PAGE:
But not before a quick detour to find the spider again and dispose of it! What would they do without me!

Tomorrow we are off to Kampala and then back to Jane & Paul's house.
Gavin & Jen are Chimp trekking and then overnighting en route to our rendezvous point at Murchison Falls, where we will be camping for 2 nights with Jane,Paul. Gareth and the twins.

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Wednesday, July 7, 2010

4th - 6th July. Fiona's perspective.

Well, it was a really long drive to the Bwindi Impenetrable Forests. The normal bad roads etc. Driving is tiring as you have to have even more concentration than normal as driving in a straight line is not possible. Potholes and ruts are the norm. But going over 20km/hr is not possible for long stretches of road, which is mostly dirt. Oncoming buses flash their lights to tell you to move over when they are straddling the middle of a single lane road!!! Lots of fun!!!

The country side becomes really picturesque at times with Tea plantations, banana plantations and rolling hills. It reminds me a bit of the Hazyview area.

We reached Bwindi and Buhoma lodge at 4PM. Richard, our Ugandan host was most pleasant and the staff were most accommodating and nothing was too much trouble.

We met an American lady also staying at the lodge, from LA. She is a Dentist and had just spent 10days in rural Uganda with a group of medical volunteers giving medical attention to Ugandans who have probably never seen a Dr of any kind, and probably will never again.
Elizabeth (the American Dentist) ended up joining us for all meals and drinks as she was traveling alone and really good company too.

The next morning we set off for the briefing before the Gorilla trekking. The group of habituated Gorillas that we would be seeing consisted of 18 females, males, babies and the great Silverback. The drive to the drop off point at the beginning of the hike was an hour into the mountains. Halfway down the road, the Belgium tourist and his driver had engine trouble, so we made space and had him, his guide, our guide and us all in the Cruiser, with one in the boot! I felt sorry for the poor bugger in the boot!

It seemed wherever you are in Africa, even the remotest parts, there were people walking, sitting, living....

The hike was 2 hours of intense hills, tracks through the forest, with high levels of humidity and narrow paths on the side of the very steep embankments. Thank goodness it did not rain as it would have been treacherous. Rain is common in this part of the world and can happen at a moments notice. The reward was an hour spent with the most awesome animals. The eyes are the windows to the soul and I think theirs are sweet and gentle. We sat amongst them without fear. The only time we smelt them was when the Silverback lifted his arms, and boy was that a ripe smell!!!!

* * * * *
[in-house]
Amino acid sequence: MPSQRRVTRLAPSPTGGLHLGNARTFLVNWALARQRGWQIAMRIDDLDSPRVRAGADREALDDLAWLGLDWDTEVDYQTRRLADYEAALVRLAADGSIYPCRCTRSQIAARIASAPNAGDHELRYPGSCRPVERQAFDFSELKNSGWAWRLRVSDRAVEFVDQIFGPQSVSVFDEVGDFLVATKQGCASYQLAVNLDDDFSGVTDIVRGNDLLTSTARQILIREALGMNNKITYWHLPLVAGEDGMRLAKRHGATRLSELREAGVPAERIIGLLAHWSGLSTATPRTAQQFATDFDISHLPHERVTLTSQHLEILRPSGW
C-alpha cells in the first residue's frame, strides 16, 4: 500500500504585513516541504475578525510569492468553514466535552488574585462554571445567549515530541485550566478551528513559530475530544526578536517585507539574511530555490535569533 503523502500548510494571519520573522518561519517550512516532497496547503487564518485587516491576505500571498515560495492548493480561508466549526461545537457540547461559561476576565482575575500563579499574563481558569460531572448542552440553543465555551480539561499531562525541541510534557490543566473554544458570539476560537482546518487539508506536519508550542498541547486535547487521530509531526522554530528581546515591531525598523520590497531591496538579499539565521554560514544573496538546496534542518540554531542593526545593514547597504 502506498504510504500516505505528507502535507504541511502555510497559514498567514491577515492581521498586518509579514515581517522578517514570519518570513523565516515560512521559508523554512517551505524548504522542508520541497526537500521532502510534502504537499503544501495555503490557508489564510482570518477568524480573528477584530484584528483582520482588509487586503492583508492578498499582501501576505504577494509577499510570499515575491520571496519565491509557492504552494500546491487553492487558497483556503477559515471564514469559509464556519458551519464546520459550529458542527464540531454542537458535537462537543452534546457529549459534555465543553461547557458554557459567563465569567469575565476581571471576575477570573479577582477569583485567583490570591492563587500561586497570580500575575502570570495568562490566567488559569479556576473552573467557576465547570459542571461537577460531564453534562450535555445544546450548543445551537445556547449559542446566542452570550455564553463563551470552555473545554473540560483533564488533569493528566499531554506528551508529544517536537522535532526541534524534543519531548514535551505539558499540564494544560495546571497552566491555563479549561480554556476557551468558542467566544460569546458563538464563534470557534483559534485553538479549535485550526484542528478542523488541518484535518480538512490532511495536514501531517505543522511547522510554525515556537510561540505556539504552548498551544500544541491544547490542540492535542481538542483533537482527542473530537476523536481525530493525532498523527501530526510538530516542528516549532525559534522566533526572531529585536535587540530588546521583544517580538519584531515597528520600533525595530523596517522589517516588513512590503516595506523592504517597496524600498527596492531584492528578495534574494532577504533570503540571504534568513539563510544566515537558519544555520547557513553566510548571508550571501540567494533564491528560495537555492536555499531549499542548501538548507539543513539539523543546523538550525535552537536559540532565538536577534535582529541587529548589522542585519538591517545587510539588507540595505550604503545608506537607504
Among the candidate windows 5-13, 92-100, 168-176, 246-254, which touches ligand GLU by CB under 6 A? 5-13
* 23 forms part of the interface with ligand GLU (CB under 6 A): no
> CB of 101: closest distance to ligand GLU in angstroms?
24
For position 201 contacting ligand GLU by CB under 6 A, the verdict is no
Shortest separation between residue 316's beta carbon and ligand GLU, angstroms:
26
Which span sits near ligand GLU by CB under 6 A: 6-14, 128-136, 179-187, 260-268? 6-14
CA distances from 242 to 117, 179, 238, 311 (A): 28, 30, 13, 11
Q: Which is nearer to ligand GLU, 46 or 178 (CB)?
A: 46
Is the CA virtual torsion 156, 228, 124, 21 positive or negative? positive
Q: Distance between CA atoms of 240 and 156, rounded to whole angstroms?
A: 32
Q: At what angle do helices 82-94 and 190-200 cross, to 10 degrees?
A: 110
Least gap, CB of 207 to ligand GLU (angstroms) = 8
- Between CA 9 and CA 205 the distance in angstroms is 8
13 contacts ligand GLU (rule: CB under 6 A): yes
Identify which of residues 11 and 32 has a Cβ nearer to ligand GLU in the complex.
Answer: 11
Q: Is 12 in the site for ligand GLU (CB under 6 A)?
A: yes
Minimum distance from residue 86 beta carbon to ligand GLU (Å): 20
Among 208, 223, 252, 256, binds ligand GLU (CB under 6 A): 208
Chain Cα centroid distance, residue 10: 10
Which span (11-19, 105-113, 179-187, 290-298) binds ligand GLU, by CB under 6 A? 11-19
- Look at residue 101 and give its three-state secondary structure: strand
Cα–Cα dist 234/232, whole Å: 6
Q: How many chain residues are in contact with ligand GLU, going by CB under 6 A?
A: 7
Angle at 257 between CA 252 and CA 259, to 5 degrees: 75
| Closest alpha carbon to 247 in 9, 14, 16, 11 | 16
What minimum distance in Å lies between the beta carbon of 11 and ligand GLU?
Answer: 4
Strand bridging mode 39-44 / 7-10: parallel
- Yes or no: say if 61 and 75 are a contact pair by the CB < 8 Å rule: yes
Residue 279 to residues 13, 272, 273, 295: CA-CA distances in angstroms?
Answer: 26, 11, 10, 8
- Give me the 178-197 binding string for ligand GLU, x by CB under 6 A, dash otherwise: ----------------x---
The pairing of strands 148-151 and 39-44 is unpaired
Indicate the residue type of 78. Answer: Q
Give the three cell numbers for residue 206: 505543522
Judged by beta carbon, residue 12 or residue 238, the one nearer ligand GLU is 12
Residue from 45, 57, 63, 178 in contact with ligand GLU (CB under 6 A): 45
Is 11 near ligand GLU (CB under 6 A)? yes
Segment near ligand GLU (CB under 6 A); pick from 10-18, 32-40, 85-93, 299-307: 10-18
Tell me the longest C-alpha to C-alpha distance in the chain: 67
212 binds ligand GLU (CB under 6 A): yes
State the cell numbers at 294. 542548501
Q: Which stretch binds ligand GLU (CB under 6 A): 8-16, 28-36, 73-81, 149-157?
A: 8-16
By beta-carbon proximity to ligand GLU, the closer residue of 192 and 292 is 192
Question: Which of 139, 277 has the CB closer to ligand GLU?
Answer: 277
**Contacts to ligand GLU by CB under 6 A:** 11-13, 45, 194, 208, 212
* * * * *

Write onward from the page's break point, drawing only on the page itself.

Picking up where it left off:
The hike back was exhausting and tough on Alan's knee and Jen's Asthmatic chest, but perseverance and a strong will to overcome anything got us all back in one piece.
We discovered that evening that our group of Gorillas (there are about 4 groups) is by far the furtherest.

After a shower, Jess and Jen had a massage (hell in Africa again...) and we settled into a comfortable chair on the verandah waiting for supper so that we could all get to bed and rest the weary bodies.

The next morning we had a relaxed breakfast and set off for a short 3 hour drive to Ishasha Wilderness Camp in the Queen Elizabeth National Park....

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1st - 3rd July / Fiona's perspective...

The 4 hour flight to Uganda was uneventful and accompanied by Paul, who was flying back from a week of attending Soccer matches all over the country.

I was met by Alan and Jess, Jane, Sian, Amy and Gareth. It was so great to see them all again and to see Alan & Jess looking so clean... I think they wore the last clean outfit they had, because the next day was spent doing copious amounts of washing at Jane's.

Alan organised for us to be booked into a hotel for the two nights in Entebbe for a bit of alone time, whilst Jess stayed in Jane's spare room and Gav & Jen stayed in a luxurious tent set up in their garden, with double bed, shower and bush loo, as well as some solar lights!!!

Dinner at Jane's was preceded by Waragi Gin (Ugandan Gin) & tonic (to keep the mosquitoes away). When in Rome....
It was a great evening and was awesome to see Jane and Paul again.

After a day in Entebbe, luxuriating at the pool, Colonial style, we set off in Paul & Jane's car (as our vehicle has only the two front seats and there are now 3 Austin's on tour) for Lake Mburo.

It was a long 5 hour drive over roads that were treacherous due to oncoming buses, who straddle the middle of the road and cattle, goats and roadworks, which meant the main road suddenly became a gravel road or plain dirt road full of ruts and stones for kilometers....

We crossed the Equator at some point and stopped for the obligatory photos and a bit of retail therapy.

After that stop we were not on the road for very long when Jess and Alan decided that they were hungry and started to look for a road side stall making Chapati's. Not sure whether I was glad or not, but wherever we stopped, we were told that they were sold out! It was a Saturday morning after all!

We arrived at Mihingo Lodge in Lake Mburo National Park in time for lunch.
Food is always important when you spend hours on the road with no Engen Quick stop stores to be found!

The accommodation was great, with us getting the tent/chalet with a view and Jess, Gavin and Jen getting rooms down near the water hole, which meant climbing 101 steps for dinner and back. Jen commented in the morning that she had gotten her Gorilla trekking training all in one day!

Jess and I were soon lying at the pool with G&T's when Alan joined us for a swim and the news that he had organised us each a massage later.
It's hell in Africa!

After a wonderful massage, dinner and a sighting of Bushbaby's close up, we retired to bed for a good nights sleep.

Tomorrow we would be off to Bwindi to see the Gorillas!!!!! A 7 hour drive...